“I wanted her to move past the accident. Not forget — you can’t forget something like that — but I wanted her to forgive herself.”
Twenty years has passed since the car crash that changed Abby’s life happened. Twenty years since Nate pulled a young girl from near a burning car. Just in time to save her. Not in time to save her brother. Twenty years. Time enough to heal, but not nearly time enough to forget.
Abby and Nate met through tragic circumstance, but their meeting led to a happy marriage and a beautiful daughter. Everything is perfect between them. Until the new family moves next door.
Nancy and Liam. A couple just as happy as Abby and Nate. With a son their daughters age. Perfect, except that Liam is the love of Abby’s life. Pushed away through guilt over her brothers death. Perfect, except they pretend they don’t know each other. Lies built on lies. Some secrets aren’t meant to stay buried, and some lies are too complicated to keep. Especially the ones we tell ourselves.
“I should have said something. Made it abundantly clear there was a history between us. A shared past. I had the opportunity. But I didn’t say anything. I didn’t want to say anything.”
We get this novel from four different perspectives. Abby, Nate, Nancy, and Sarah’s diary. In addition, we also get flashbacks from Abby and Nate from then (around the time of the accident) and now.
It’s difficult to review this novel without giving anything away. There are many twists and turns written into this plot, some obvious, some not. I did guess two of the more major twists, though they were very subtle. I was also blind-sided by a few! Guessing did not make the reading experience any less enjoyable. In part, because McKinnon does an excellent job coaxing emotions out of the reader through her excellent pacing. In part, because there are still plenty of shocking revelations in the end.
The Neighbors is a deeply psychological novel, written to take us on a journey of emotions. We live Abby’s grief, and Nate’s guilt. We feel the need Abby has to stay in control to keep from unraveling. We are hit with Nancy’s loneliness and Sarah’s frustration. It’s hard to judge the characters on the choices they make, though I will judge one rather harshly. Their actions, lies, and secrets are simply unforgivable.
“It’s habit. If you tell yourself often enough you don’t want something, you convince yourself it’s the truth.”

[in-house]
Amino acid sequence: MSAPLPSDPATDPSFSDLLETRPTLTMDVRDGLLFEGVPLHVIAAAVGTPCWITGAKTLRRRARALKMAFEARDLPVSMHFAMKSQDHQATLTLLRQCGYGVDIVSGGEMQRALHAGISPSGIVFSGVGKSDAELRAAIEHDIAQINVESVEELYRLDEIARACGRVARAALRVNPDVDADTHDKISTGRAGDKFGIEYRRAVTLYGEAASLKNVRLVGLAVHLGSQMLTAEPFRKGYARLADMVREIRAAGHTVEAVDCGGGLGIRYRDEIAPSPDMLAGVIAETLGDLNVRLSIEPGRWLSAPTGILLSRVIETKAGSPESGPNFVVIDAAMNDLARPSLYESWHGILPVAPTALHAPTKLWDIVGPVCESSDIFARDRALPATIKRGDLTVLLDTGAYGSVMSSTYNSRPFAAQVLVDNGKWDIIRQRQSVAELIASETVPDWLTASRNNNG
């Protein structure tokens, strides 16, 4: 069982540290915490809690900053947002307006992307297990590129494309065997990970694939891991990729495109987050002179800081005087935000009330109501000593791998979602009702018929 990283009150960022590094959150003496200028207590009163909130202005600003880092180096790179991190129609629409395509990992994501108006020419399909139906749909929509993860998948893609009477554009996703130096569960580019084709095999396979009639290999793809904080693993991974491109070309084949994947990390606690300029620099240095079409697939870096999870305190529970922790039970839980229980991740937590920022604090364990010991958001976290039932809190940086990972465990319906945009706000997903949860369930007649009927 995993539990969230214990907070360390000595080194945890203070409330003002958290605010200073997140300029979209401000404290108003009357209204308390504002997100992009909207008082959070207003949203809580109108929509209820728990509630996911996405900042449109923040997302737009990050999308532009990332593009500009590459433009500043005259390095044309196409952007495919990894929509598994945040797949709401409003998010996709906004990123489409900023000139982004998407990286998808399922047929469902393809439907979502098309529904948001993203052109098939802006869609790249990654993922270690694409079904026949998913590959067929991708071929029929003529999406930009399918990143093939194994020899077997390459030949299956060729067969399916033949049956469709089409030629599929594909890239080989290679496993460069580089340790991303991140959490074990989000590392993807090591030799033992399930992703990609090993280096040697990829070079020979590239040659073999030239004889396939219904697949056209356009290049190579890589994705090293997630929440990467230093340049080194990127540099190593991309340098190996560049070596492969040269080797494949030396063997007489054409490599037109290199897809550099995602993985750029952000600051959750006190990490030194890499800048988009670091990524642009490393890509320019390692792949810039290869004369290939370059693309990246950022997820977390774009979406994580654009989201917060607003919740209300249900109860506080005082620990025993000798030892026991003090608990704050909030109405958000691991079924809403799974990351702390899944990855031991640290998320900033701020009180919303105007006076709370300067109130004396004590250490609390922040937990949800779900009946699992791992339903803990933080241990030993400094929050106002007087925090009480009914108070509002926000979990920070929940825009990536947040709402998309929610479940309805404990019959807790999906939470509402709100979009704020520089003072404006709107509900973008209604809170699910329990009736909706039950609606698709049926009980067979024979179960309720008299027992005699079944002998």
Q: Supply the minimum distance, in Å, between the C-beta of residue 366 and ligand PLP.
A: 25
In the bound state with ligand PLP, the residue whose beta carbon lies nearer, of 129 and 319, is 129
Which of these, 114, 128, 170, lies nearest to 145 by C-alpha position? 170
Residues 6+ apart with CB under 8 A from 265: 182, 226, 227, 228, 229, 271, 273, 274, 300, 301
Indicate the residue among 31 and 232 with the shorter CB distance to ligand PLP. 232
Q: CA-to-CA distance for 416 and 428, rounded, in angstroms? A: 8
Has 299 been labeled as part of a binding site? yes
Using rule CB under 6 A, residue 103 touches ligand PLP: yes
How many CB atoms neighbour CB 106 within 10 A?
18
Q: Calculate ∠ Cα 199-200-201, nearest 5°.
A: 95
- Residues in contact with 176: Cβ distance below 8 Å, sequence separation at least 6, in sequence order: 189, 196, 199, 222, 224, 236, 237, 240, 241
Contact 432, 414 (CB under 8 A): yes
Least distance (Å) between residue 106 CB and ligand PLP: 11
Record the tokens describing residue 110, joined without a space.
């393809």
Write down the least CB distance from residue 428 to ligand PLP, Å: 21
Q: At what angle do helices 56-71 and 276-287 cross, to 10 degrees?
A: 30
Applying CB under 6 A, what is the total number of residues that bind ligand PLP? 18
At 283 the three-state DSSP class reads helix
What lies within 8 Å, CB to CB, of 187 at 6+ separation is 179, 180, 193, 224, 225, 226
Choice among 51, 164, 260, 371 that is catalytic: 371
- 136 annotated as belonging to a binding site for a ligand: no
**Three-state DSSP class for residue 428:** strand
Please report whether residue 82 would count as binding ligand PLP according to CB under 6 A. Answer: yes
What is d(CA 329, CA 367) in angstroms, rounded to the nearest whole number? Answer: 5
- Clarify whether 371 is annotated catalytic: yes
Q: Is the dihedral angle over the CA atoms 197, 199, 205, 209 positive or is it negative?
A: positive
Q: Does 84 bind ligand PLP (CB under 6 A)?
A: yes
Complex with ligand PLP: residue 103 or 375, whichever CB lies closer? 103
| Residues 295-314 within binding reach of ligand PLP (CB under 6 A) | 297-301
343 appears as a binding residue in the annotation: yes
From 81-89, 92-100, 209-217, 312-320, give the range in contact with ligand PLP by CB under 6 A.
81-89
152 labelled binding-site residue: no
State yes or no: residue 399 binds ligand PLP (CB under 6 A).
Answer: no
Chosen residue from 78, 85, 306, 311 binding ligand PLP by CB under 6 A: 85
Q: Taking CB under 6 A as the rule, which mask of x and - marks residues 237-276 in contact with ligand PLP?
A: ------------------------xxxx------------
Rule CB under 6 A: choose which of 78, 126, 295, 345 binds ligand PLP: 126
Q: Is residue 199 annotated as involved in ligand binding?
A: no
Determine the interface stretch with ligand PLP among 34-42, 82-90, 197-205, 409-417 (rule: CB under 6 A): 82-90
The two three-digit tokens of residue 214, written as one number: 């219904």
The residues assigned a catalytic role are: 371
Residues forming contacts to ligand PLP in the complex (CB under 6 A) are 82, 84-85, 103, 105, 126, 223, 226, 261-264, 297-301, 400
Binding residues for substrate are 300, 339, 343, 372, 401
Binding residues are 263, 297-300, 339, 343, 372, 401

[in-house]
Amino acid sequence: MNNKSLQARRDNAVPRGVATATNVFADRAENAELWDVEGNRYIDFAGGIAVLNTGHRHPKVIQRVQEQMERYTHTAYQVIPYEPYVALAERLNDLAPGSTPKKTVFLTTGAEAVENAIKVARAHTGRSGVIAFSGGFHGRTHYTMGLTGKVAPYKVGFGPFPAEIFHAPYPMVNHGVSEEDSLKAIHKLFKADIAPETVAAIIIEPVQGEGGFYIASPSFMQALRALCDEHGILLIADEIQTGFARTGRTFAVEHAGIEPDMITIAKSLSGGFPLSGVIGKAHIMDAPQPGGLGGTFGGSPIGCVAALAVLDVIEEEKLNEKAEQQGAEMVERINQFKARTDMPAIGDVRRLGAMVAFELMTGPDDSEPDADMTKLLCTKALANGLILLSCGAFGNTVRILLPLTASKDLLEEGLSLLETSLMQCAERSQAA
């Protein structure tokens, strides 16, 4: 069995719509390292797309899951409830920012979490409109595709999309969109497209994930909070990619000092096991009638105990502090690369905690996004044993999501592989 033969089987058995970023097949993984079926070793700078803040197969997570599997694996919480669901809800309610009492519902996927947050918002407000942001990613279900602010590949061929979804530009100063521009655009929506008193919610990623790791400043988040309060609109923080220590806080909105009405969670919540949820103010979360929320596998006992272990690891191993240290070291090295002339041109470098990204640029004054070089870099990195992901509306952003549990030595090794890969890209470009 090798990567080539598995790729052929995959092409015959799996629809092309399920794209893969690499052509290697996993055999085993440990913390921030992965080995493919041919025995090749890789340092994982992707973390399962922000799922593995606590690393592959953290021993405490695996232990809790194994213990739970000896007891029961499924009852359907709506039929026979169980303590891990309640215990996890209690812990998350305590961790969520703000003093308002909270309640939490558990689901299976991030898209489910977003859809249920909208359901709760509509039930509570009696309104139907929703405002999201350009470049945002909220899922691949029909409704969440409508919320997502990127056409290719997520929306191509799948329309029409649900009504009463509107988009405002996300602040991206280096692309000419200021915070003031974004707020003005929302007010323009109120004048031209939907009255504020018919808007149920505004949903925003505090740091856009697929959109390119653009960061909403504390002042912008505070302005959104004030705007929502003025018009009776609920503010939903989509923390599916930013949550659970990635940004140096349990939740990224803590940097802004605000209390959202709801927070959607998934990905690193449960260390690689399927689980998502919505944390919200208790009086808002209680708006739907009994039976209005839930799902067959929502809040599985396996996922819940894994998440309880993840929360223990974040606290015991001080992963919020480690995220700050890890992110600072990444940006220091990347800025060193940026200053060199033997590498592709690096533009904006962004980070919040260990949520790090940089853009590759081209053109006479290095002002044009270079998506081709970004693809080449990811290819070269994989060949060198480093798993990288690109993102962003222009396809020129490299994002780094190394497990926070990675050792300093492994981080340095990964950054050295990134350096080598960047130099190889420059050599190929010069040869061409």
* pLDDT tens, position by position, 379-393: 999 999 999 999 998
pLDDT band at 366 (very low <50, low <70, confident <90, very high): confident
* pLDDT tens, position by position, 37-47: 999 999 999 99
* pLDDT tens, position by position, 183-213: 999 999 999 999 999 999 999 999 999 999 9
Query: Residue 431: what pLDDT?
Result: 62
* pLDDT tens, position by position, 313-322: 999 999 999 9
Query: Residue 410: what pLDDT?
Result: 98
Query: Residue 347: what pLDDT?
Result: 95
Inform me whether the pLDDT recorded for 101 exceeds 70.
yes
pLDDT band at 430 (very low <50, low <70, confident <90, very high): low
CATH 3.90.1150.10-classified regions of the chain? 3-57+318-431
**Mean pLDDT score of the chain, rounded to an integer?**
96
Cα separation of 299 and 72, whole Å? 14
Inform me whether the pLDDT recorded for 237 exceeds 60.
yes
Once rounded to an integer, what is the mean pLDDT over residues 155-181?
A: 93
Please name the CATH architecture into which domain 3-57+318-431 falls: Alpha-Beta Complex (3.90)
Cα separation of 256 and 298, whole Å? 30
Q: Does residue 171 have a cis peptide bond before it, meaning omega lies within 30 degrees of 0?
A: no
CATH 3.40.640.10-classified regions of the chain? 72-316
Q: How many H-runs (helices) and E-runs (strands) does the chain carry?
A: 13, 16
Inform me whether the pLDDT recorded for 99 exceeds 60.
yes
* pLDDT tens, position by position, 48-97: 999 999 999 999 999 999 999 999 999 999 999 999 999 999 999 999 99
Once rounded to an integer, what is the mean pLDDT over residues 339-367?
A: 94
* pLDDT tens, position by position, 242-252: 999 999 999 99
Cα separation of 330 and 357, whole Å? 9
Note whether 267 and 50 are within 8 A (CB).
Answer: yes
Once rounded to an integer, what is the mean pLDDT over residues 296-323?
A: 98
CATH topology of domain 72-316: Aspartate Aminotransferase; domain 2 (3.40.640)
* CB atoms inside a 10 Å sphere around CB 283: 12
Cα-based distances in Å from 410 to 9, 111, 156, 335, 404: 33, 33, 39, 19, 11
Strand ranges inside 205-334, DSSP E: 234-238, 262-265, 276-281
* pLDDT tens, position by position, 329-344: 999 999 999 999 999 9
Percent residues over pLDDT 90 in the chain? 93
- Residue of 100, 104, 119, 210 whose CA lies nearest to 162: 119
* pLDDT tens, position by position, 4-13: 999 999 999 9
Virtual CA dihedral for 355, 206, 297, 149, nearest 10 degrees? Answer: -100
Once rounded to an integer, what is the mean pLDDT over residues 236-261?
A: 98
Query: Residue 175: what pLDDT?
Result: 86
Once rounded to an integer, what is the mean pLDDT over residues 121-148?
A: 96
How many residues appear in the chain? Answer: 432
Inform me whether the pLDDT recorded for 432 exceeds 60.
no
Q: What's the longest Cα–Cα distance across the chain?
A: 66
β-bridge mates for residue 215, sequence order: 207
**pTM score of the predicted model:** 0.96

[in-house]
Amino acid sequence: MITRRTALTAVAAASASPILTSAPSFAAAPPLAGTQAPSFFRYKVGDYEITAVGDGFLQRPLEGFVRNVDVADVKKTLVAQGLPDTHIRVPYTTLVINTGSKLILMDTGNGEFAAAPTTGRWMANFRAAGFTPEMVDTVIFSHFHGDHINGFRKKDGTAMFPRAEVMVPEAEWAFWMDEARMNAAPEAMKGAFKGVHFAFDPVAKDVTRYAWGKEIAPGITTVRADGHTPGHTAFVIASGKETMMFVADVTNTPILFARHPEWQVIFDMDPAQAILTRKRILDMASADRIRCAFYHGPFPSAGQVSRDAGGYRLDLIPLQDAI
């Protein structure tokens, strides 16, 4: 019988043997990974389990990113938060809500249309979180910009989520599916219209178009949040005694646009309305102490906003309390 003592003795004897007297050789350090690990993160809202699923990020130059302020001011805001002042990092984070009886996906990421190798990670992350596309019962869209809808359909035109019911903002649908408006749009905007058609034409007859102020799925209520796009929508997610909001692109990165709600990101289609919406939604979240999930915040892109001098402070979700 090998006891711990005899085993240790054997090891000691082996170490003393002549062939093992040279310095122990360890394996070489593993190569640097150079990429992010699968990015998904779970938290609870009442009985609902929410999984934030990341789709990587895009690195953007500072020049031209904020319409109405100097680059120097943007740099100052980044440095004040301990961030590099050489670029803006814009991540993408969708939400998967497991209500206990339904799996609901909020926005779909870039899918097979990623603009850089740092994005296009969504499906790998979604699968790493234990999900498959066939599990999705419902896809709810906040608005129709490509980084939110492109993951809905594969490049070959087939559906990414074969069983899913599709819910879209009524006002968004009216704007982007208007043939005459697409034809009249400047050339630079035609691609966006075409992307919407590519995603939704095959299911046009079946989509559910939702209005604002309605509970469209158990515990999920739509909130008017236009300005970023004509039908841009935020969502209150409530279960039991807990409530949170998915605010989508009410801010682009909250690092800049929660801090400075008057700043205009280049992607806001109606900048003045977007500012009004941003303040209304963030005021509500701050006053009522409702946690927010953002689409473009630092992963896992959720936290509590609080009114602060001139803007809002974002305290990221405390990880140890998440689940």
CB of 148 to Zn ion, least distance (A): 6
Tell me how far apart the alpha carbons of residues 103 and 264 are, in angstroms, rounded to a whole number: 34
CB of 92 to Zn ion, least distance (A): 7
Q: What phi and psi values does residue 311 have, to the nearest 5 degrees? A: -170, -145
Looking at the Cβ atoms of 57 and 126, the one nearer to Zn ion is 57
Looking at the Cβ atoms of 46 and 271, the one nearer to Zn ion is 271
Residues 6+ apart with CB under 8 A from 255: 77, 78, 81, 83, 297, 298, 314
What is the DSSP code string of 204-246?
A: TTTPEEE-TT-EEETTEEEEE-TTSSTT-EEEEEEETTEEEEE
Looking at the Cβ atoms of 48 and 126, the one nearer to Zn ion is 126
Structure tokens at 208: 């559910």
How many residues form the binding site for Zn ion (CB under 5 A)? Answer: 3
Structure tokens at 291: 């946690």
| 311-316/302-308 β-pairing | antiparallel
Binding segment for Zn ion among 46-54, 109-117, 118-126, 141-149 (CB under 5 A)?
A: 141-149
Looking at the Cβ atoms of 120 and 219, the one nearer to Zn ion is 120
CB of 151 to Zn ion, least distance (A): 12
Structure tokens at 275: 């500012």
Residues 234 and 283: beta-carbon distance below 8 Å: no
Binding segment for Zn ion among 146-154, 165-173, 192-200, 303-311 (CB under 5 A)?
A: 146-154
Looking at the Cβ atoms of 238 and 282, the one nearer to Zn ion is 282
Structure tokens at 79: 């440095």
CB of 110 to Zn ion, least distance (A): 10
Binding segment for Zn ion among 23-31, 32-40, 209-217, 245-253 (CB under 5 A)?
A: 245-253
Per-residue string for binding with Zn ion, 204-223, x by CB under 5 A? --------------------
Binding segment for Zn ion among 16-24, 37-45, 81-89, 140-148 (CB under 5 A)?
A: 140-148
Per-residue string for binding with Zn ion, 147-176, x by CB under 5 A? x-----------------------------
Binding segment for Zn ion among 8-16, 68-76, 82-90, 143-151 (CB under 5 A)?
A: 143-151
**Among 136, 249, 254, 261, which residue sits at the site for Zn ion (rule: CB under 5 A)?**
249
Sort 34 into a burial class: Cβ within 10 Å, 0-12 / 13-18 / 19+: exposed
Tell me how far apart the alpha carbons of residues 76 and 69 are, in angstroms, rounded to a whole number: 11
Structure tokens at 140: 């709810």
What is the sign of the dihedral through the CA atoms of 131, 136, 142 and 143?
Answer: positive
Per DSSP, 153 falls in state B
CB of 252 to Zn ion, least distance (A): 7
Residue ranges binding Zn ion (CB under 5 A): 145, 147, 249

This book is an interesting examination of the way small lies can guide and shape our lives. We want to present ourselves a certain way, put our best foot forward, and make a good impression. Especially when it comes to love. How often do we simply refuse to show who we really are? What happens, when by the time you’re ready, it’s too late to reveal yourself?
Small lies, build on more small lies, and sometimes, by the time we look back, we’ve built a mountain out of them. The Neighbors shows us how fragile living a life like this can be. It shows us the damage best intentions can often have, and how terribly devastating keeping these lies can be.
It also shows us the cycle of unhappiness. We learn from our parents, and, despite our best intentions, often we become them. What is the price of that inheritance? How does it shape who we are, who we become, and how we parent?
“I shook my head and wondered how I’d become so much like my mother even though I’d distanced myself from her as early as I possibly could.”
In The Neighbors, we get the chance to look at how deep rooted trauma and dysfunction can be. Everything shapes who we are, who we become. Rarely do we get the advantage of outside perspective to help us see the consequences of these small choices that many of us make every day.
McKinnon gives us that opportunity in this cast of characters. The focus is on the accident and the horrible death of Abby’s brother. However, subtly McKinnon reveals the numerous tiny secrets and lies kept between mothers and daughters, husbands and wives, and ultimately, ourselves, that we are all guilty of. We can see how these choices can unravel. We are given the chance to examine those consequences outside of ourselves.
“Being on your best behavior is one thing,” Camilla answered, “but in hindsight, pretending to be something you’re not is stupid. I reckon it’s why one in two marriages end in divorce. You can’t keep the illusion going forever.”
I would recommend this book to anyone looking for a book with multiple layers to dive into and explore. It’s perfect for book clubs, or discussion groups, as each characters perspective and their corresponding secrets are all ripe for pulling apart. I think that this book gives a wide range of opportunity to see something of ourselves, or at least partially recognize in the characters presented. It is perfect for in depth conversations and analysis.
Thank you BookSparks for sending me a copy to read and review!